When the khutba (sermon) was over we met outside the masjid and interlocked hands. “It wasn’t as bad as I thought it would be” she said while unwrapping her hijab. It was not unusual for me to wake up on a Sunday and hear gospel music playing whilst the house was being filled with the aroma of pancakes and bacon (turkey of course). There were many nights when we sat reading while the Qur’an played in the background; this became our lives. Two deeply held truths coexisting under one roof.
One day my phone rang and it was the National Cathedral (yes THE NATIONAL CATHEDRAL) calling me for a job interview. I went, I interviewed, and I conquered. My first day there I walked into the church looking at the iconography and the stained glass windows. I stopped at a statue of Jesus, stretched out, bloody, and defeated. “I’m a Muslim, what am I doing here?”, I asked myself. There was nothing about that statue I agreed with, obviously, the Jesus (Prophet Isa) I knew about was saved from such a humiliating death. It was at this moment I heard someone lightly sobbing and I looked to find the source. I peaked my head into one of the chapels and found someone kneeling in front of a statue of Jesus, it dawned on me, this is someone’s truth.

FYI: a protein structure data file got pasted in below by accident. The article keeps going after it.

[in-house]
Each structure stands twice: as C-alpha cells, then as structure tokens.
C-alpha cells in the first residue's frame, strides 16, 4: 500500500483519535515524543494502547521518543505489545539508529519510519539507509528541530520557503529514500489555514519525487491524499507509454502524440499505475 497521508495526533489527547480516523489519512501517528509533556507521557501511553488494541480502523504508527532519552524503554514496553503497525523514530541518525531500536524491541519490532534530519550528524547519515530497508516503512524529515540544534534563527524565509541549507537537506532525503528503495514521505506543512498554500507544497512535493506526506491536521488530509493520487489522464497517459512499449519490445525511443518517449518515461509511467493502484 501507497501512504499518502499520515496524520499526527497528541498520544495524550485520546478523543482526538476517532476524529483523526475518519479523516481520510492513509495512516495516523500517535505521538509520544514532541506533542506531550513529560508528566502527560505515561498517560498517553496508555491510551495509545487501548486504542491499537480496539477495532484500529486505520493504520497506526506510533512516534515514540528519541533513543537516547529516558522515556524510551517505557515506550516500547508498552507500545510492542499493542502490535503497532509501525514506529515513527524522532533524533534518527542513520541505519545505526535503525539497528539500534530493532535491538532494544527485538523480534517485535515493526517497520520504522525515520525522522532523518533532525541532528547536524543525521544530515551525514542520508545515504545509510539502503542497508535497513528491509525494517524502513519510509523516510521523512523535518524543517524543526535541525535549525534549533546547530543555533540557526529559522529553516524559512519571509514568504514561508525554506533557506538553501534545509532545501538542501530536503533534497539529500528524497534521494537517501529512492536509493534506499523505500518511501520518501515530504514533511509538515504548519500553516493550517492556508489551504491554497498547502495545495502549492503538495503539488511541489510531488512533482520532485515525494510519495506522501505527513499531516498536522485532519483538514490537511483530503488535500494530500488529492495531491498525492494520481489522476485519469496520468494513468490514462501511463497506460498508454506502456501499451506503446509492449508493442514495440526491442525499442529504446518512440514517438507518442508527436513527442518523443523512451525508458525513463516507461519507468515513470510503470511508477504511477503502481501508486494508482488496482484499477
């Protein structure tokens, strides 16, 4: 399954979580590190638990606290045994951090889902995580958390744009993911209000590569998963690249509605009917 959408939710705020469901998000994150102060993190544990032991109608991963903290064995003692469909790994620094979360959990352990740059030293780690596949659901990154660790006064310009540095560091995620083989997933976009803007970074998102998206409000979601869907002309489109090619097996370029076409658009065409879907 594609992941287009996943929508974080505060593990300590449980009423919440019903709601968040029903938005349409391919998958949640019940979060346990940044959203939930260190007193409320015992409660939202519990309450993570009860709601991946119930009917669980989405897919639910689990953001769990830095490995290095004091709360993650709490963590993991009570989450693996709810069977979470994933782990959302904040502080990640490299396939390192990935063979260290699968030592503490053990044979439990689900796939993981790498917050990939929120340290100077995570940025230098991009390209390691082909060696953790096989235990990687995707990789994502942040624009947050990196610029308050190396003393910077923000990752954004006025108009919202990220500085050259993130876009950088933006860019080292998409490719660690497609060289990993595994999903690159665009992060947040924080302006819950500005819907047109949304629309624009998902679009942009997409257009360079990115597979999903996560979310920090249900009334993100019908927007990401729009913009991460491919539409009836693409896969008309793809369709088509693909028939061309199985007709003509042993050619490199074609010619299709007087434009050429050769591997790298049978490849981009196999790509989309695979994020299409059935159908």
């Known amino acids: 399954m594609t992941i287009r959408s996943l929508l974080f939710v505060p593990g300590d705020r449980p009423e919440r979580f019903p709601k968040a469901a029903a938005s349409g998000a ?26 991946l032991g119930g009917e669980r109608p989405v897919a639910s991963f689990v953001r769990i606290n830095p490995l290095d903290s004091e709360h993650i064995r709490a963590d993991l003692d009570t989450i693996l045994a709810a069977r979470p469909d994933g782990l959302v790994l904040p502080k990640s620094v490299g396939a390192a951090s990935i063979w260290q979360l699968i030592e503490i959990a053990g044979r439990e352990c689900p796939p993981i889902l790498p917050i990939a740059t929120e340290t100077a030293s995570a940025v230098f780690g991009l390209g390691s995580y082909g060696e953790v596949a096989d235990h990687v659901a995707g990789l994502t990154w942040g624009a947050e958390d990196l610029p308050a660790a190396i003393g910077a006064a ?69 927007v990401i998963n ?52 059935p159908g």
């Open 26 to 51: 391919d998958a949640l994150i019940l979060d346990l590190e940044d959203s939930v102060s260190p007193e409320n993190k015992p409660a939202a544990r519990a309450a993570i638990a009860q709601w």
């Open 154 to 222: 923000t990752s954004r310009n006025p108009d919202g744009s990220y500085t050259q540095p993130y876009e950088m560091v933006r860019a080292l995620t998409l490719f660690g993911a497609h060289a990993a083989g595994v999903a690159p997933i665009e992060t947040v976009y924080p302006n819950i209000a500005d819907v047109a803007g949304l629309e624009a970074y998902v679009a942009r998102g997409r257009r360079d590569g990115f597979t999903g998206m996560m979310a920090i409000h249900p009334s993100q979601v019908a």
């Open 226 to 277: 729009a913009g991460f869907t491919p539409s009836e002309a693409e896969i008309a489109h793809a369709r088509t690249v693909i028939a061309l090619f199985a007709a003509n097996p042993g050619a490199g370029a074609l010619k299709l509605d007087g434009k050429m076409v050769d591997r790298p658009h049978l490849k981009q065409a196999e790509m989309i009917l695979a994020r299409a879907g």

Times like this I am reminded of one ayat that many Muslims and non-Muslims quote to beg the world to accept pluralism.
“For you is your religion, and for me is my religion.” – Holy Quran 109:6
It has not always been a pluralistic utopia, there was this one incident in particular. Mya and I were planning a party and the topic of alcohol came up. I insisted that the party be alcohol free and she with an air of arrogance said, “nobody can drink because your God says not to?” There it was, it finally came out, we have different Gods don’t we? There was no taking those words back even though I saw in her eyes she wished she could. I could not hide my disgust. We were supposed to be past religious hatred and ignorance. I left the house and went for a walk, after a while the moon did what it does best, it reminded me that I can’t hide forever. I checked my phone and Mya had sent me an email. Things were hard as she stated, this was not easy, would it be easier if I was Christian or she Muslim? Maybe. All relationships require compromising and ours just happens to be a little more personal than others (her words not mine). When I walked into the house my prayer rug was placed on the floor facing the Qibla. I walked into our bed room and Mya was fast asleep used tissues and a copy of “Zealot” on the nightstand.